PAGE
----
A company that operates health care facilities for people with mental disabilities has lost an appeal of judgments saying it was not entitled to reimbursement from the state’s Medicaid program for the costs of over-the-counter medication.
The Indiana Court of Appeals upheld court and prior agency denials of ResCare Health Services’ claims for reimbursement for OTC medications that are not on Indiana’s Medicaid Formulary, such as allergy medications prescribed by a physician.
ResCare operates intermediate care facilities for individuals with intellectual disabilities, known as “ICF/IIDs” and receives a per diem rate from Medicaid for qualified patients. The case on appeal, ResCare Health Services Inc. v. Indiana Family & Social Services Administration, 20A-MI-1025,
stems from a 2014 cost report commissioned by the Family and Social Services Agency, which administers Indiana’s Medicaid program, that adjusted ResCare’s costs by removing reimbursement for nonformulary over-the-counter medications.
ResCare unsuccessfully challenged the reimbursement removal before an administrative law judge, and FSSA issued a final order in 2019 “affirming the ALJ’s decision and agreeing that costs for the non-Formulary OTC medicines could not be included in ResCare’s per diem rate,” Judge Patricia Riley wrote. “The FSSA also concluded that it could not rule on whether ResCare could charge the personal funds accounts of its residents for the unreimbursed costs for non-Formulary OTC medicines because the issue was not ripe and a declaratory judgment was beyond the scope of an administrative proceeding.”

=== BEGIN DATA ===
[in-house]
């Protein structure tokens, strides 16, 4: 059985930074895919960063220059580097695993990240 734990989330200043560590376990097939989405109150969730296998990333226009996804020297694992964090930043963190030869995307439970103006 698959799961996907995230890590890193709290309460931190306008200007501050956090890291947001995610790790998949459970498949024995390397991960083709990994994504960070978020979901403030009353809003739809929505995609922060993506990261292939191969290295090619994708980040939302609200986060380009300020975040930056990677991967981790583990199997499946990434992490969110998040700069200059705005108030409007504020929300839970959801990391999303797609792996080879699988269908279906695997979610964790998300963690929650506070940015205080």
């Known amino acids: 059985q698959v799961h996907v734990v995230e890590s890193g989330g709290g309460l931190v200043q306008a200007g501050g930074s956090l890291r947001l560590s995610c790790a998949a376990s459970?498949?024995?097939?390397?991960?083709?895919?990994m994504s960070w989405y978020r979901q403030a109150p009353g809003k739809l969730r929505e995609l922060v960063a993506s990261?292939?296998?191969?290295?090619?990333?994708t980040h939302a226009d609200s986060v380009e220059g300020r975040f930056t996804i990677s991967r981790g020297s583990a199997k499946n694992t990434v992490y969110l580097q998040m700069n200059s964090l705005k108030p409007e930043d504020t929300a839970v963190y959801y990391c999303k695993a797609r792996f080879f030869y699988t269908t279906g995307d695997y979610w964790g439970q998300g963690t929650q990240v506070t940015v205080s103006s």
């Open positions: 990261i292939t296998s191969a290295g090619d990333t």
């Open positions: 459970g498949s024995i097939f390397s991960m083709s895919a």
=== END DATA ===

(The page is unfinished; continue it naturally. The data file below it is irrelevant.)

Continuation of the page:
The FSSA’s ruling was upheld in Marion Superior Court after ResCare moved for judicial review, and the Indiana Court of Appeals affirmed Wednesday, rejecting all arguments on appeal.
“(W)e hold that the FSSA’s interpretation that OTC medicines are not included in the per diem rate for privately-run facilities for ICF/IID is not contrary to law; the denial of reimbursement for non-Formulary OTC medicines is not an unconstitutional taking under the Indiana Constitution; and the trial court did not abuse its discretion in denying ResCare’s request for a declaratory judgment,” the panel concluded.